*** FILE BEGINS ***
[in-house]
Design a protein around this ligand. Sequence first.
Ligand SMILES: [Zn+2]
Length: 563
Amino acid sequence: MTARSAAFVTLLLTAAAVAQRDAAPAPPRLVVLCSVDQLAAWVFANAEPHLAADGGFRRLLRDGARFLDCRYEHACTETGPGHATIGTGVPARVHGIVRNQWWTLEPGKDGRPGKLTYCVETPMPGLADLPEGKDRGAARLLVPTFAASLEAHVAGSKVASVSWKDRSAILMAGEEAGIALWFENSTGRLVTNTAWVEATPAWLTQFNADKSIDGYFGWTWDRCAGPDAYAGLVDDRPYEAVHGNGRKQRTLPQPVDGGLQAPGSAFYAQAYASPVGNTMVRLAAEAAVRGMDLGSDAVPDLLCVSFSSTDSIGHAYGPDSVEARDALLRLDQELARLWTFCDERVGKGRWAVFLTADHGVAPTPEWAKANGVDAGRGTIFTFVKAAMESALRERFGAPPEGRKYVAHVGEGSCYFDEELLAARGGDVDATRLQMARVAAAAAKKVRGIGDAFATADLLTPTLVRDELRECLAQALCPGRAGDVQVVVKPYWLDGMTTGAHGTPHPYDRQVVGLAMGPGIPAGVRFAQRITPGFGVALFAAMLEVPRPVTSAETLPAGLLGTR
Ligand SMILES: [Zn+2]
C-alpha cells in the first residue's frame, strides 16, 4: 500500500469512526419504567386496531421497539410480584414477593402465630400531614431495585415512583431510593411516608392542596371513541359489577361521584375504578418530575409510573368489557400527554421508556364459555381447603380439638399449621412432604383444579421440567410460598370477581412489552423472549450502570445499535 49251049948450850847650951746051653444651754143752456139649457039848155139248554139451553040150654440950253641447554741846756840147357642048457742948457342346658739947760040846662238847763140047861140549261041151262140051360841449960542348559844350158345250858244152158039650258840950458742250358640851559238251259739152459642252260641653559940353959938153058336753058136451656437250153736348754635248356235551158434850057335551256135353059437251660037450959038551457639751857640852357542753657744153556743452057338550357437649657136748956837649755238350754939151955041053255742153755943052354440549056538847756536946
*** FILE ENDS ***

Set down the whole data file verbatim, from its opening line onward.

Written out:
[in-house]
Design a protein around this ligand. Sequence first.
Ligand SMILES: [Zn+2]
Length: 563
Amino acid sequence: MTARSAAFVTLLLTAAAVAQRDAAPAPPRLVVLCSVDQLAAWVFANAEPHLAADGGFRRLLRDGARFLDCRYEHACTETGPGHATIGTGVPARVHGIVRNQWWTLEPGKDGRPGKLTYCVETPMPGLADLPEGKDRGAARLLVPTFAASLEAHVAGSKVASVSWKDRSAILMAGEEAGIALWFENSTGRLVTNTAWVEATPAWLTQFNADKSIDGYFGWTWDRCAGPDAYAGLVDDRPYEAVHGNGRKQRTLPQPVDGGLQAPGSAFYAQAYASPVGNTMVRLAAEAAVRGMDLGSDAVPDLLCVSFSSTDSIGHAYGPDSVEARDALLRLDQELARLWTFCDERVGKGRWAVFLTADHGVAPTPEWAKANGVDAGRGTIFTFVKAAMESALRERFGAPPEGRKYVAHVGEGSCYFDEELLAARGGDVDATRLQMARVAAAAAKKVRGIGDAFATADLLTPTLVRDELRECLAQALCPGRAGDVQVVVKPYWLDGMTTGAHGTPHPYDRQVVGLAMGPGIPAGVRFAQRITPGFGVALFAAMLEVPRPVTSAETLPAGLLGTR
Ligand SMILES: [Zn+2]
C-alpha cells in the first residue's frame, strides 16, 4: 500500500469512526419504567386496531421497539410480584414477593402465630400531614431495585415512583431510593411516608392542596371513541359489577361521584375504578418530575409510573368489557400527554421508556364459555381447603380439638399449621412432604383444579421440567410460598370477581412489552423472549450502570445499535 49251049948450850847650951746051653444651754143752456139649457039848155139248554139451553040150654440950253641447554741846756840147357642048457742948457342346658739947760040846662238847763140047861140549261041151262140051360841449960542348559844350158345250858244152158039650258840950458742250358640851559238251259739152459642252260641653559940353959938153058336753058136451656437250153736348754635248356235551158434850057335551256135353059437251660037450959038551457639751857640852357542753657744153556743452057338550357437649657136748956837649755238350754939151955041053255742153755943052354440549056538847756536946